Pilot of Pilot Harbor
15 May 2021
“I”m a pilot. I went to school in Florida and the UK. I was once a first officer on jumbo jets but now just fly my family's inter-island cargo and small planes.” I asked if he could take us up for a ride and fly around the Exumas. “That plane is off island now but next week for sure.”
Lisa and I sailed from Conception Island to Cat Island, Exumas. It was a smooth, 40 mile spinnaker run in light to moderate wind. Cat Island is a 40 mile long hockey stick shape. The Bight is inside the crook of the hockey stick toward the south end. We anchored there for the most protection from changing winds.
Starship II followed us to Cat. We had just said hello a few times passing in the dinghy. They left Conception just before us. We called on the radio to introduce ourselves and determine if we were headed the same way. Yes, they were. They anchored in Cat a few hours after we arrived. Later that evening a small sloop beat to weather into our anchorage. They anchored just before sunset. I called Bimini Blue on the radio and told them we enjoyed watching their nice sailing into Cat. And would they like to come over for an anchor beer. Yes.
Shortly after they arrived, Aaron and Amy from Horizon Run also dinghied by, we invited them to join us for cocktails. These are two young couples doing some extensive cruising. We love to see young people out here. Why wait until you are old to throw off the dock lines.
But our first morning on Cat began with a dinghy expedition. Having a fast dinghy is such an advantage. It is our “car” and allows us to venture far from where Uproar rests at anchor. We headed for some buildings on shore just over a mile away. The chart showed a creek that led to a mangrove. This is typical of the eastern, Exuma Islands. These low islands have extensive mangroves in their interior. At high tide, it is often possible to dinghy into these mangroves and explore for miles. Turtles, rays and occasional nurse sharks live in these shallow waters.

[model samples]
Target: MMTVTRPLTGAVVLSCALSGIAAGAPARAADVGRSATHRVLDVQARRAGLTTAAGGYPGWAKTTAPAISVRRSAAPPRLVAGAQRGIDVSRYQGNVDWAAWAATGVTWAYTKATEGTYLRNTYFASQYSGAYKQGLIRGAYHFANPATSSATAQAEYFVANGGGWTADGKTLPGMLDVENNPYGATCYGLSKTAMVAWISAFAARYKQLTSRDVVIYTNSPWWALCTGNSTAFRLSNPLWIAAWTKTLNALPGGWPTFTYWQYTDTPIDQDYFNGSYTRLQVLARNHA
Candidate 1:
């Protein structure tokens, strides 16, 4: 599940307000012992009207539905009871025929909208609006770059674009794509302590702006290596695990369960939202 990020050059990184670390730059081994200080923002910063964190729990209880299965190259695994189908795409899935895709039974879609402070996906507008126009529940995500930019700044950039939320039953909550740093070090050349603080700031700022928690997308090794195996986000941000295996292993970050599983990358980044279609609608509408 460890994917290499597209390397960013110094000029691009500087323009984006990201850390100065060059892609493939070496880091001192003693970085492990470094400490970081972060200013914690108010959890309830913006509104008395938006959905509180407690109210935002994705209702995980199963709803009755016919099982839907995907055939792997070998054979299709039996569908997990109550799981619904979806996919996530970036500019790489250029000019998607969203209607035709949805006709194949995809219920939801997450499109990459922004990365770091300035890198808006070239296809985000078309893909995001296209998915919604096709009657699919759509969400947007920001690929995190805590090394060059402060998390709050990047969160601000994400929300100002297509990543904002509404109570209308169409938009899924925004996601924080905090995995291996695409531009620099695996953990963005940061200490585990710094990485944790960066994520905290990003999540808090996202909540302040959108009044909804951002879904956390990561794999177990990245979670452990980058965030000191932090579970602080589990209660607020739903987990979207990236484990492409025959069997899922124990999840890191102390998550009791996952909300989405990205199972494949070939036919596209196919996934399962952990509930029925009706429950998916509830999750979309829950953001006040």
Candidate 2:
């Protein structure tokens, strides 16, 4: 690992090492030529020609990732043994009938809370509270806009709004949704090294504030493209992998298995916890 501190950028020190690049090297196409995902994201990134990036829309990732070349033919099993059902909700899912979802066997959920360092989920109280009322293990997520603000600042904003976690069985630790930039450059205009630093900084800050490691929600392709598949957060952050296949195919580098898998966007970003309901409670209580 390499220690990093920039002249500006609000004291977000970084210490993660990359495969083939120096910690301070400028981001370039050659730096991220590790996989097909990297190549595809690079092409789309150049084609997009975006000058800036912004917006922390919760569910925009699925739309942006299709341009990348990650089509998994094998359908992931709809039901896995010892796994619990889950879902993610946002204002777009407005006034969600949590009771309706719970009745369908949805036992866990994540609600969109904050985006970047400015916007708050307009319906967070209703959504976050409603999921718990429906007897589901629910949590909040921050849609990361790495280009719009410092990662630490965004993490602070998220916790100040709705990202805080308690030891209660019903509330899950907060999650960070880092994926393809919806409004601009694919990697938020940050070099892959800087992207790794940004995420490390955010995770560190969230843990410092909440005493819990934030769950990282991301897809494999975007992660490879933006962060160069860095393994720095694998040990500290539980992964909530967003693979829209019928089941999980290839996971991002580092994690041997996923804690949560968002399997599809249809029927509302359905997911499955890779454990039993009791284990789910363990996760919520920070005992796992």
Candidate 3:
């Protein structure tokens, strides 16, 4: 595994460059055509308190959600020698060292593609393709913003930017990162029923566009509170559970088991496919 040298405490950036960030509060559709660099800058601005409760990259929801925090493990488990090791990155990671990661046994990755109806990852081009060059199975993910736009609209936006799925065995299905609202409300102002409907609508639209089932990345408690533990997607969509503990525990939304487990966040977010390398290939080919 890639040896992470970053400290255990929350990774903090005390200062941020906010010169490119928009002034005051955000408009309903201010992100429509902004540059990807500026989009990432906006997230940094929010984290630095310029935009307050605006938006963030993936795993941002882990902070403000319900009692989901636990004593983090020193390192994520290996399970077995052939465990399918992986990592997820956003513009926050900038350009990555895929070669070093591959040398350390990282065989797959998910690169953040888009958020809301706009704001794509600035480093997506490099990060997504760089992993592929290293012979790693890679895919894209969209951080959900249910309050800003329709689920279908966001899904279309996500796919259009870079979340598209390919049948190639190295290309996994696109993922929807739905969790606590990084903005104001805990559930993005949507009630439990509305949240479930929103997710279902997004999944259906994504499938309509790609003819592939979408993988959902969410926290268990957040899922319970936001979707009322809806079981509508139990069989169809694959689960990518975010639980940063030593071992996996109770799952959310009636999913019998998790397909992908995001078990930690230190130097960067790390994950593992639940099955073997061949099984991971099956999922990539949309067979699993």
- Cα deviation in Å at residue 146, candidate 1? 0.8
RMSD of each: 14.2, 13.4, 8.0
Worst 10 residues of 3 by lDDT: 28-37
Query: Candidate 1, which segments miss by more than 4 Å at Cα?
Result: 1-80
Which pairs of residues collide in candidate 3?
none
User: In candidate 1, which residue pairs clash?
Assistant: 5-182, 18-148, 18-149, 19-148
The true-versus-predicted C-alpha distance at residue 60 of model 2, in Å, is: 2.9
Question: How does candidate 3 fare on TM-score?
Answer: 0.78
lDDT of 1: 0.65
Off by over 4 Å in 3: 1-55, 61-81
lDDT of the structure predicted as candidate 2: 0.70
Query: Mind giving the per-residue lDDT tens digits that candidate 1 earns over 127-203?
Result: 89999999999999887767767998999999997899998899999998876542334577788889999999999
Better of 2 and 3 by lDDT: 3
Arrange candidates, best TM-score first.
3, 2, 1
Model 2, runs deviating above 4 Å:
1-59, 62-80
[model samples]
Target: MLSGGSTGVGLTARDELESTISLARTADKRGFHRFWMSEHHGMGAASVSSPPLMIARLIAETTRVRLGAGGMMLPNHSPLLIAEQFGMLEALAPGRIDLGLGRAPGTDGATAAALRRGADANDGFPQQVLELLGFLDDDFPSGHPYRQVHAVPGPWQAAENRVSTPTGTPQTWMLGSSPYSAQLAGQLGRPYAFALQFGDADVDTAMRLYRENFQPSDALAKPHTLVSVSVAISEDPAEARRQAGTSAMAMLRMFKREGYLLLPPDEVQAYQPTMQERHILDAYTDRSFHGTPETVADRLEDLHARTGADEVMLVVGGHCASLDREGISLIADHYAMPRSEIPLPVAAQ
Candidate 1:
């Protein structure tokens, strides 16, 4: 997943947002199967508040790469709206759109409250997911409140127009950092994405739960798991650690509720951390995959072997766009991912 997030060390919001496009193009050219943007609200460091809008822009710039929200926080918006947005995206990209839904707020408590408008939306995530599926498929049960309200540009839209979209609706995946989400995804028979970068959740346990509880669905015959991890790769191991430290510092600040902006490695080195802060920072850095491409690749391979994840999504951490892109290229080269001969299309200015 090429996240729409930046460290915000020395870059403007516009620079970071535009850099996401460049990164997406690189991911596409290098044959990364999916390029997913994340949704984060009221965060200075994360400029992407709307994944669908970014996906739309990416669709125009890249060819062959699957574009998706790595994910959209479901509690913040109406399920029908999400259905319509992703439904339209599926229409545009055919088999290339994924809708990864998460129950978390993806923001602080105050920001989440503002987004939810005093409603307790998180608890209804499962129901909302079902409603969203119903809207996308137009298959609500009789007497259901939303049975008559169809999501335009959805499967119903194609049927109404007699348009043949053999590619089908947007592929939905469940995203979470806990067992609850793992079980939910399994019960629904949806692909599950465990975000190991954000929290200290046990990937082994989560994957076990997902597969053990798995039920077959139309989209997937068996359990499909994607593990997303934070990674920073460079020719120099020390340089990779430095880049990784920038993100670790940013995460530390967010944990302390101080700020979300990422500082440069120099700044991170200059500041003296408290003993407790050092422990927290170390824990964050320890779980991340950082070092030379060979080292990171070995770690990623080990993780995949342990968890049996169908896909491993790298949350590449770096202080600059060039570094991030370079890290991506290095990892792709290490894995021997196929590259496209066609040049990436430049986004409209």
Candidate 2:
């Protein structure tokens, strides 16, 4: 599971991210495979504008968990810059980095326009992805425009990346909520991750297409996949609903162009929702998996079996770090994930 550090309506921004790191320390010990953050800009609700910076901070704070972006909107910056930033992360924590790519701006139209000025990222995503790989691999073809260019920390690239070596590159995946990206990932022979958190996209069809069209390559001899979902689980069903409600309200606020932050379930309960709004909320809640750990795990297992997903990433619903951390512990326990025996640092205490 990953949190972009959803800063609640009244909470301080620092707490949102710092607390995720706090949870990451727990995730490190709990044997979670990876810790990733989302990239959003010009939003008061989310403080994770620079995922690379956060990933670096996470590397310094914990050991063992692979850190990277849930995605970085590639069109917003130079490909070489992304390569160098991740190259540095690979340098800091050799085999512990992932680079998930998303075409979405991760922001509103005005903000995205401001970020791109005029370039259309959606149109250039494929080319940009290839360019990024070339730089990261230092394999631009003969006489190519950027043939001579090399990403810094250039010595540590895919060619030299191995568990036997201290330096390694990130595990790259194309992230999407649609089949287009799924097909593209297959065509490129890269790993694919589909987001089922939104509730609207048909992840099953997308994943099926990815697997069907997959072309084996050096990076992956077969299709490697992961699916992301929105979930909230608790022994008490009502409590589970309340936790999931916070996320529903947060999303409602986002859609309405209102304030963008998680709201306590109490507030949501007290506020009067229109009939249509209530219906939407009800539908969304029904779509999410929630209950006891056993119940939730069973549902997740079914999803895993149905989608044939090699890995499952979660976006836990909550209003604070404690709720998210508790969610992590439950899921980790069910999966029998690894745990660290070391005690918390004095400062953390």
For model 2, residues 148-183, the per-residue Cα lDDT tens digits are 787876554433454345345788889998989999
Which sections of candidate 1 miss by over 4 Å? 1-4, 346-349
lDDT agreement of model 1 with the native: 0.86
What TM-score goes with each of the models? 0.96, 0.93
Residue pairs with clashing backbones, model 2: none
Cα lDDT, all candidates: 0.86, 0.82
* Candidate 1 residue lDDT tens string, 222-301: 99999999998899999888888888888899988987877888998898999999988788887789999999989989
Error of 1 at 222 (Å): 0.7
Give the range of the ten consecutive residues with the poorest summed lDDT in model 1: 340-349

We found the entrance to the creek at Pilot Harbor and dinghied as far as we could. It just became too shallow after about ½ mile. We returned to a boat ramp where we anchored the dinghy and went for a walk. The first building was a nice house with several additions. No one was around. Down the road further was what appeared to be an abandoned hotel. There were eight rooms, arranged town house style with a second floor. But the first floor on the beach side was just an empty shell, not finished. It could have been a cute hotel but was further compromised by the rusty wreck of an old tug on their beautiful beach. Such is the Bahamas.
We walked along and came to some construction machinery and fuel tanks. These led to a gas station, closed, with convenience store, closed, and a sign for laundry. A young Bahamian man was putzing around with a truck. He was the pilot. He explained his family had built the buildings we observed, the first being a restaurant. The hotel wasn't finished but they occasionally had groups stay there. A power surge had knocked out the freezers in the store and gas pumps. And no the laundry wasn't operational.
It was clear his love was flying! He talked about his family's planes They even had a helicopter. It is a shame we didn't get his name. We usually introduce ourselves and spend time getting to know other people. But in this era of masks, there is an undertone of caution that doesn't lead to personal encounters. What a shame we weren't able to fly with the pilot of Pilot Harbor.
Later we met Delana and Mitch from Starship II on Rollez Beach Resort for a beer. Carl had built a small and colorful resort on the beach. What an inviting spot. We planned to share a rental car with Delana and Mitch the next day and further explore Cat Island.